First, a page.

AN ORGAN WAS FIRST BUILT AT ELY CATHEDRAL IN 1685, REPUTEDLY BY RENATUS HARRIS. IN 1831 ELLIOT AND HILL BUILT A NEW ORGAN WITHIN THE OLD CASES, WHICH STOOD ON THE CHOIR SCREEN. THIS ORGAN WAS REBUILT IN THE NORTH CHOIR TRIFORIUM BY HILL AND SON IN 1850, WHEN THE OLD CASES AND CHOIR SCREEN WERE REMOVED, AND THE PRESENT CASE, DESIGNED BY SIR GILBERT SCOTT, WAS INSTALLED.
In 1908, Harrison and Harrison built a virtually new organ, incorporating some of the old pipe work. Most of the organ was placed in the North choir triforium, with the console below, on the stone gallery behind the top of the choir stalls.
The restoration of 1974-75 included some tonal changes, a new Positive division in the lower part of the Scott case, development of the Pedal Organ and modernization of the action and console. The new scheme was drawn up by the Cathedral Organist, Dr Arthur Wills, in consultation with Mr Cecil Clutton and the organ builders.
The Restoration of the Organ 1999-2001
Restoration work on the fabric of the building of the last three bays of the North Choir Aisle meant that the massive Cathedral organ needed to be removed. The Dean and Chapter took this opportunity to ask Harrison and Harrison to carry out an extensive programme of restoration. The proposals for this rebuild increased the versatility of the instrument, and enhanced its musical integrity. The restoration work to the organ cost in the region of £400,000 and was funded by the Order of St Etheldreda.
A Copeman Hart electronic organ was installed in the Cathedral for use while the pipe organ was being restored.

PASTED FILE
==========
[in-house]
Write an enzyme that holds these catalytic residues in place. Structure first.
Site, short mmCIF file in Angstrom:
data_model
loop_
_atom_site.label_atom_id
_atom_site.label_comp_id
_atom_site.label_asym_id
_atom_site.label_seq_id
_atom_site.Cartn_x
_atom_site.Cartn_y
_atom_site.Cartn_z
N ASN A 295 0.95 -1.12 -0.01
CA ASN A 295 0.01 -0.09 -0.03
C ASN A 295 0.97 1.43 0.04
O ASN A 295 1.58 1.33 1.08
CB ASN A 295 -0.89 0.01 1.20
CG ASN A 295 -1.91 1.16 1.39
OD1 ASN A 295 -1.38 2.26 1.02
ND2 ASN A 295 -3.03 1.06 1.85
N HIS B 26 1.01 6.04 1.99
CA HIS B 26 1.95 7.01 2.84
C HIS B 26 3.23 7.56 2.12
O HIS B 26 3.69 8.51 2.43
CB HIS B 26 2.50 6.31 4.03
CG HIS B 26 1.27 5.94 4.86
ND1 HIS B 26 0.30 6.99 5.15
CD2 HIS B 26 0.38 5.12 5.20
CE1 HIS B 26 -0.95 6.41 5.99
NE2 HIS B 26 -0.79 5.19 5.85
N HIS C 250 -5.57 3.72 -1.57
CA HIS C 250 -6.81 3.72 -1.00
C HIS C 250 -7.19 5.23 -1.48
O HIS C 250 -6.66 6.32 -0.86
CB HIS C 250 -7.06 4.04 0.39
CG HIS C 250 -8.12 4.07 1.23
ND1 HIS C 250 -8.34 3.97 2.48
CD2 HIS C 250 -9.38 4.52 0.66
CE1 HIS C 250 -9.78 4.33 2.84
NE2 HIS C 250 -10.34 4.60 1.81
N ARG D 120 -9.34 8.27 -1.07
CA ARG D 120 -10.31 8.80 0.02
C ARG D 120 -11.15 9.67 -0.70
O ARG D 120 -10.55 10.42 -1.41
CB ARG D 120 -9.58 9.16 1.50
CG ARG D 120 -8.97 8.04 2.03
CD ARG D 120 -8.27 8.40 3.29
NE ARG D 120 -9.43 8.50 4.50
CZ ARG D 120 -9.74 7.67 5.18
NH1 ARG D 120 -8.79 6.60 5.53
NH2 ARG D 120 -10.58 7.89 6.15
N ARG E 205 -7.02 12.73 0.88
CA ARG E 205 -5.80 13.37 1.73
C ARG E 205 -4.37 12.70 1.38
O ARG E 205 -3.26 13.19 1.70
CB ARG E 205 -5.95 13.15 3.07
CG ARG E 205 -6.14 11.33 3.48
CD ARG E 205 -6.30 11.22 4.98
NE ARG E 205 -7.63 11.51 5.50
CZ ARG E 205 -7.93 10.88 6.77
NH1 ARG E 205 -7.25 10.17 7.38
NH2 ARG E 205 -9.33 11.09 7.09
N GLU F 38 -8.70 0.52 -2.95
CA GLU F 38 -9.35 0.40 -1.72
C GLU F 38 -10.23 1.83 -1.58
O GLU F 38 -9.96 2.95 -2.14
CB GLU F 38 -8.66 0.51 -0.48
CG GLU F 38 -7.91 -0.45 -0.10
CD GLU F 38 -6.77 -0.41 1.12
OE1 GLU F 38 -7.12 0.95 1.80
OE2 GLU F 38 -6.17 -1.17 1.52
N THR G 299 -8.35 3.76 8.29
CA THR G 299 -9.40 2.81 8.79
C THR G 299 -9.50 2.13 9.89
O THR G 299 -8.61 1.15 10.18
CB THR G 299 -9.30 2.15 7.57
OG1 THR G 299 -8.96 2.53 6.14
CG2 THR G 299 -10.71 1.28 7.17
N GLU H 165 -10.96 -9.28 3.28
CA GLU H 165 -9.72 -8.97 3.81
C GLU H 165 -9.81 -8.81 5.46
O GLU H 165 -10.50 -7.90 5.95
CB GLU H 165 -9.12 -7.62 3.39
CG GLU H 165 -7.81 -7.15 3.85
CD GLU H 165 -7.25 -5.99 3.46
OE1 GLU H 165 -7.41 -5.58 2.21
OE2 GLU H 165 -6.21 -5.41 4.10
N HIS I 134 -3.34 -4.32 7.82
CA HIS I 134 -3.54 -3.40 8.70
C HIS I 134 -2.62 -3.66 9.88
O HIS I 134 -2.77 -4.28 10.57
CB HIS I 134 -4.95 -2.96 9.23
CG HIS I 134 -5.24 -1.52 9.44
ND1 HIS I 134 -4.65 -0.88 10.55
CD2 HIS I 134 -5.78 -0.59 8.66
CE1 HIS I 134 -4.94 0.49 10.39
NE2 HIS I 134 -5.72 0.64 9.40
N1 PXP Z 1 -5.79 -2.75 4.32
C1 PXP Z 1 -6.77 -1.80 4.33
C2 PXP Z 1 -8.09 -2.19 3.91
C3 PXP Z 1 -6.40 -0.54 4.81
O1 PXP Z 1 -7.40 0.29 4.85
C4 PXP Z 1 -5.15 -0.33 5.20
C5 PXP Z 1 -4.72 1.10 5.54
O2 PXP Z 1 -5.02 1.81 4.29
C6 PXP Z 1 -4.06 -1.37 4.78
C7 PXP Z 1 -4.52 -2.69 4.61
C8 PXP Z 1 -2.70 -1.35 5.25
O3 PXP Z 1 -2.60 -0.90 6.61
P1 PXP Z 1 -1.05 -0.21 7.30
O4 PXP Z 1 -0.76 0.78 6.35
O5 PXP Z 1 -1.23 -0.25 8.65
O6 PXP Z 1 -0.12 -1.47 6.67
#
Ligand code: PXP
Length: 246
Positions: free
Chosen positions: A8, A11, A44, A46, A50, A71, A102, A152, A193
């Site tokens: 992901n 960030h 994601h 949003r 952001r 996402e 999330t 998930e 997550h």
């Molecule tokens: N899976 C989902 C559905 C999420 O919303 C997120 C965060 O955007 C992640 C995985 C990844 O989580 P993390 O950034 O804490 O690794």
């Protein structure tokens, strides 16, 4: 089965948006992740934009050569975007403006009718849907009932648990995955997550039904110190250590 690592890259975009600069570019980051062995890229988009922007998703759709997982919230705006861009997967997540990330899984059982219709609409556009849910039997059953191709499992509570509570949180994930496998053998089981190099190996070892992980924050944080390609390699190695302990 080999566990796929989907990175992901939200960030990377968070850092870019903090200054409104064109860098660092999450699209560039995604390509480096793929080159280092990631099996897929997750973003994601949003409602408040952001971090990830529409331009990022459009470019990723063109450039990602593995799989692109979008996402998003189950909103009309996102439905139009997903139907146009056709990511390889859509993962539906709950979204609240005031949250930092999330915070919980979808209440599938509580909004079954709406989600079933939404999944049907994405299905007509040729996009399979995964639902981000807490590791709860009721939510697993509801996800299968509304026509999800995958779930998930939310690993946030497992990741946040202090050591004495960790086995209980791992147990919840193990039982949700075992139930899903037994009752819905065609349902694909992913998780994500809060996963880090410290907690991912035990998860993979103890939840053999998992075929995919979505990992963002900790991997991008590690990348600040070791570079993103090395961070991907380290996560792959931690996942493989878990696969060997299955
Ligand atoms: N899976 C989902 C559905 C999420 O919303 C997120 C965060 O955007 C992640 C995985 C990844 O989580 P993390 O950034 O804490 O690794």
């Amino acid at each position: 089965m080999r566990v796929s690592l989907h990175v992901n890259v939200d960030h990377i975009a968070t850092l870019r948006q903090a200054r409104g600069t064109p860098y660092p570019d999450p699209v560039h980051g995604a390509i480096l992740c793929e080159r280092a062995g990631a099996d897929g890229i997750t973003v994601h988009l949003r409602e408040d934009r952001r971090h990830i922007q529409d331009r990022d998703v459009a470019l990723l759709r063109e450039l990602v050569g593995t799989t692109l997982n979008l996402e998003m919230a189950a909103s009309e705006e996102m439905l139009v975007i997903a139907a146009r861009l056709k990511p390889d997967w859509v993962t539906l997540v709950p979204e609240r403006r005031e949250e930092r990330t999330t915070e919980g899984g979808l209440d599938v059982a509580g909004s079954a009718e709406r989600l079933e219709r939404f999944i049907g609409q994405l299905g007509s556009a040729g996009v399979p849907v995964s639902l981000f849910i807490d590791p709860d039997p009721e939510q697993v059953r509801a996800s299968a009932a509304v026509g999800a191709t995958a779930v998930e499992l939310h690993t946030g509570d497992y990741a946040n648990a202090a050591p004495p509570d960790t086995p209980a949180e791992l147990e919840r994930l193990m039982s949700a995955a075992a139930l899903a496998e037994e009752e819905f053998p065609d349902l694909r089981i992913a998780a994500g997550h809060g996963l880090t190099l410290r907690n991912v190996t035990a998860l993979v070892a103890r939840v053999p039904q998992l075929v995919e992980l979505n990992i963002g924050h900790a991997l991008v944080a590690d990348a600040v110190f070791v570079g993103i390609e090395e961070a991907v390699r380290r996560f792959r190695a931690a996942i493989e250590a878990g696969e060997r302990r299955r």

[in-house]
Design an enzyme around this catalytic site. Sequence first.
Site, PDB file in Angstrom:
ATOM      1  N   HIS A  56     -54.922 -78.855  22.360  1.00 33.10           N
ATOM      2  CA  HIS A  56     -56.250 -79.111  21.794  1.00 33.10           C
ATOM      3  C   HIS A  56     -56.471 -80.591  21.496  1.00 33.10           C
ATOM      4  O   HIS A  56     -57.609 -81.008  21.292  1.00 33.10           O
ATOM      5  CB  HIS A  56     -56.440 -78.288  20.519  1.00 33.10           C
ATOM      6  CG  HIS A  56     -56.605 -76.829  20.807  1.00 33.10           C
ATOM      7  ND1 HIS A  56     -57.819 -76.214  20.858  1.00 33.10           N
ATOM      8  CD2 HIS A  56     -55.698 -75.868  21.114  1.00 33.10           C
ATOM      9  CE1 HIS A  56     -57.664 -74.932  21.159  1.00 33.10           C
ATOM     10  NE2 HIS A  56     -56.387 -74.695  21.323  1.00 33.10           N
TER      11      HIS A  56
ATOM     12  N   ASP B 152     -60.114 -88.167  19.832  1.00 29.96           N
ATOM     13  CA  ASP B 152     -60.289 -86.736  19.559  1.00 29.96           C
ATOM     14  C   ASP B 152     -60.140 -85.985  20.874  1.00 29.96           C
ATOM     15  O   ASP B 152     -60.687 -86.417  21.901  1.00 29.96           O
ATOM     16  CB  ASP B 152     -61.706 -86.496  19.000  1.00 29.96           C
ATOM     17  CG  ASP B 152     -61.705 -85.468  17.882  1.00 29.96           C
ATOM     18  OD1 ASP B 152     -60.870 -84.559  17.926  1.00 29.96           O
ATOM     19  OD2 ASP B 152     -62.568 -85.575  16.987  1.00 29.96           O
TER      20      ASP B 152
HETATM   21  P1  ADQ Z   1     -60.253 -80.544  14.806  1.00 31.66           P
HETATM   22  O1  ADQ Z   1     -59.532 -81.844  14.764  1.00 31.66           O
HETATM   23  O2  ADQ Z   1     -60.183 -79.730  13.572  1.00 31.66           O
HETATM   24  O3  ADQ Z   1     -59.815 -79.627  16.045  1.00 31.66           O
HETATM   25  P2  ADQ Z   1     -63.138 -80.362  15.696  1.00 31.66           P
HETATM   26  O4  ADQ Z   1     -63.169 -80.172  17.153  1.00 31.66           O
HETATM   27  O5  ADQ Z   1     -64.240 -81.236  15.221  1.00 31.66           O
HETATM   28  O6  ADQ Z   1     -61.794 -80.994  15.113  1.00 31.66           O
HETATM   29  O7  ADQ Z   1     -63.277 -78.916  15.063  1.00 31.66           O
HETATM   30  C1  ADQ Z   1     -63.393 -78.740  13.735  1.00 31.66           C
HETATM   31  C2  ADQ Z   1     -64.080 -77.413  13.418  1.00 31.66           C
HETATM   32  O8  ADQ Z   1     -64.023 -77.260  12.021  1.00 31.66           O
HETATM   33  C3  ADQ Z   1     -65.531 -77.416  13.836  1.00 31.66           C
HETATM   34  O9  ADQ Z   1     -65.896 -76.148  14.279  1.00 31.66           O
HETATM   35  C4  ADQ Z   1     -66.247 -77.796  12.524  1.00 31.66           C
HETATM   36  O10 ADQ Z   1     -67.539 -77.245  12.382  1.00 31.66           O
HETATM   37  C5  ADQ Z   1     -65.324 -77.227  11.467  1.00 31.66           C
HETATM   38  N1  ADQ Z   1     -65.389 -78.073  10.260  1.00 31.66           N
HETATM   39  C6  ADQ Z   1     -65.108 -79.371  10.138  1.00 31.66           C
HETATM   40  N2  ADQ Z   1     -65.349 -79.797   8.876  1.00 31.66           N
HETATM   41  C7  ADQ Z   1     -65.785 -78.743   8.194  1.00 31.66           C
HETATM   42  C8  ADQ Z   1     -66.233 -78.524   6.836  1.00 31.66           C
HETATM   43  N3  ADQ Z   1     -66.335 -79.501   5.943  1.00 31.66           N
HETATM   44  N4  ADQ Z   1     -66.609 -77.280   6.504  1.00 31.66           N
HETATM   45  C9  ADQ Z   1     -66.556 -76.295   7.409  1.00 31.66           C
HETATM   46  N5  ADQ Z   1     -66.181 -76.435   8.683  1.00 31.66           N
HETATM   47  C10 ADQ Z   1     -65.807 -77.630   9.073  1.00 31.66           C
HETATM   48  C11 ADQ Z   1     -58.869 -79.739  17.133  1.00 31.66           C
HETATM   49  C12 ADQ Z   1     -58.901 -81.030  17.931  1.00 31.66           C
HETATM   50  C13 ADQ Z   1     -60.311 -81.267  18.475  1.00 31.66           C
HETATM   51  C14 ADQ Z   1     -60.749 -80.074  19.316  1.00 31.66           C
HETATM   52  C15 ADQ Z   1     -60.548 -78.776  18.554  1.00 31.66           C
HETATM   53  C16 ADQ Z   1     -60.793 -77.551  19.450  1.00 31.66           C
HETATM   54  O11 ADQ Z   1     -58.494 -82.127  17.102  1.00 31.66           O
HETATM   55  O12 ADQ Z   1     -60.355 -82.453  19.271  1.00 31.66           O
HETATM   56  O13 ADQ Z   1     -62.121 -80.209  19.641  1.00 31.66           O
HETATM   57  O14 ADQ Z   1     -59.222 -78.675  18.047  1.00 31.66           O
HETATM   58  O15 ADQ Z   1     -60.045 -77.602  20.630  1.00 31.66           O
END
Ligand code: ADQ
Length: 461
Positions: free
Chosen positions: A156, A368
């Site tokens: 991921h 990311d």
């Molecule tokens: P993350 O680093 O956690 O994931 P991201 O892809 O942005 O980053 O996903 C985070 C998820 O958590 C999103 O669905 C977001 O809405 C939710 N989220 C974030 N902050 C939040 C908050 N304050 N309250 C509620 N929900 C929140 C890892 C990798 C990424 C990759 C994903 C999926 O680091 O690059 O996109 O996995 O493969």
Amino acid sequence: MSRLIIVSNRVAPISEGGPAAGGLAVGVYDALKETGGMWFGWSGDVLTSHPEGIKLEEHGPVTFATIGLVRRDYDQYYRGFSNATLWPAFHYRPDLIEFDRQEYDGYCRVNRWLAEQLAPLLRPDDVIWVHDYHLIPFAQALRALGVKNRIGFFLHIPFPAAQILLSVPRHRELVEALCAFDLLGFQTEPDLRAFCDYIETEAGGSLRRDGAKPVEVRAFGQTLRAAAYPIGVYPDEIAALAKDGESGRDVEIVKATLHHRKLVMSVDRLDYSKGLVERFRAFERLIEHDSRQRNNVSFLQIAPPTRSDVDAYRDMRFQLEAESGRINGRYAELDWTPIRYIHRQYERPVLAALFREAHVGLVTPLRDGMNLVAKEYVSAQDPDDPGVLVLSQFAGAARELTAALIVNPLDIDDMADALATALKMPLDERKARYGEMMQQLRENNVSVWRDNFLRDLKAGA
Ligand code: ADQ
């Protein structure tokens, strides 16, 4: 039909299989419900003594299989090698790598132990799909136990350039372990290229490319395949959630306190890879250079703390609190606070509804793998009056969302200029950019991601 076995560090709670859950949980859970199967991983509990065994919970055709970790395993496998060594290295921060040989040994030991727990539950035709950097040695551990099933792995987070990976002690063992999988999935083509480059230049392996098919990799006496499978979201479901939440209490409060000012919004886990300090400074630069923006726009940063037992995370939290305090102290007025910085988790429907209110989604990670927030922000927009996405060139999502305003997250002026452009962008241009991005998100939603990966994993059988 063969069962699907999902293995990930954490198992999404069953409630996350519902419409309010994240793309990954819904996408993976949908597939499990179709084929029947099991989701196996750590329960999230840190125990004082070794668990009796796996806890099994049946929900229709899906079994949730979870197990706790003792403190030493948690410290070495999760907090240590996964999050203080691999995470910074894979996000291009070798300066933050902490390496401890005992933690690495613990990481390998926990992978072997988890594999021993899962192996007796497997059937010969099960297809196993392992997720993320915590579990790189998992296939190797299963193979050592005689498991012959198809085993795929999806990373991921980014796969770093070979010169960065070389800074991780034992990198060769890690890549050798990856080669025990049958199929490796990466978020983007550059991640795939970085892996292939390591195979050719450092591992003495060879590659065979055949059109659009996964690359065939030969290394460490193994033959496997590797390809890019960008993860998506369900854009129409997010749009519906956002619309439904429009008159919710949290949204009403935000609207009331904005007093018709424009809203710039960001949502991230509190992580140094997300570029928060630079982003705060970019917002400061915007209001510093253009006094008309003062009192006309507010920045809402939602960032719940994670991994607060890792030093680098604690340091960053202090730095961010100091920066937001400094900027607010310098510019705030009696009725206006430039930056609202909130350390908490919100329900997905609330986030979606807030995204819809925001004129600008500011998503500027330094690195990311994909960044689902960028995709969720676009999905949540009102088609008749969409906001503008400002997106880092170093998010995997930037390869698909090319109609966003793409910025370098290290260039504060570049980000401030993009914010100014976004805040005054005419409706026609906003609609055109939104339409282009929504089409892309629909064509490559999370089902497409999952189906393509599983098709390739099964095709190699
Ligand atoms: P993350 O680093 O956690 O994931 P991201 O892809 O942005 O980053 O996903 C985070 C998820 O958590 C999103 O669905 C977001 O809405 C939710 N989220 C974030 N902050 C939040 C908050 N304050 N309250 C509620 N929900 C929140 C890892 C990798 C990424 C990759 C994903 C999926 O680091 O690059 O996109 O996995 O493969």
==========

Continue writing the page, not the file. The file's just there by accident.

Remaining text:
'The Ely Organ - A Centenary Celebration' CD
A double CD entitled 'The Ely Organ - A Centenary Celebration' (Lantern Productions LPCD25) was released in April 2008. CD1, a recording made in 1999 (Pre-Restoration) features Paul Trepte and Sean Farrell. CD2 recorded in 2002 (Post-Restoration) features Scott Farrell.
"A cathedral organ is probably the most expensive piece of hardware in any cathedral. Simply to maintain it in good condition is challenge enough for any Dean and Chapter in this day and age".
"To have the opportunity to restore it any shape or form is a tremendous responsibility, and inevitably any rebuild will reflect the tastes of the time. The "old" organ in Ely cathedral, masterminded by my predecessor, Arthur Wills, did its job magnificently for a good many years, but the changes (which mainly affected the reeds especially on the great and solo departments) proved necessary not just for aesthetic reasons, but also because any attempt to retain them was deemed in any case to be impractical. It was therefore felt important to record the instrument one last time before the rebuild, and those recordings comprise disc 1. There will be those who favour those sounds in preference to the new ones (and, of course, vice versa)! Those of us who play the "new" organ regularly (as represented by disc 2) find it a thrilling experience, and I seize the opportunity to thank Patrick Russill and Nicholas Thistlethwaite, our advisors, for their time and expertise." Paul Trepte, Director of Music
The Organs and Organists of Ely Cathedral by Nicholas Thistlethwaite with an appendix on the Organists by Watkins Shaw
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The Cathedral Organ Specification
New stops are marked with *
Choir Organ (on Positive Keys)
Solo Organ (69 - 78 enclosed)
The pistons are adjustable, with eight divisional and 128 general memories.
Manuals I and II Exchange
Balanced expression pedals to the Swell and Solo Organs
The action is electro-pneumatic
The manual compass is 61 notes; the pedal 32 notes.
The Organ Enlarge
The Organ - Gilbert Scott Case Enlarge
The Organ Console Enlarge
The Great Reeds Enlarge
The Organ Console Enlarge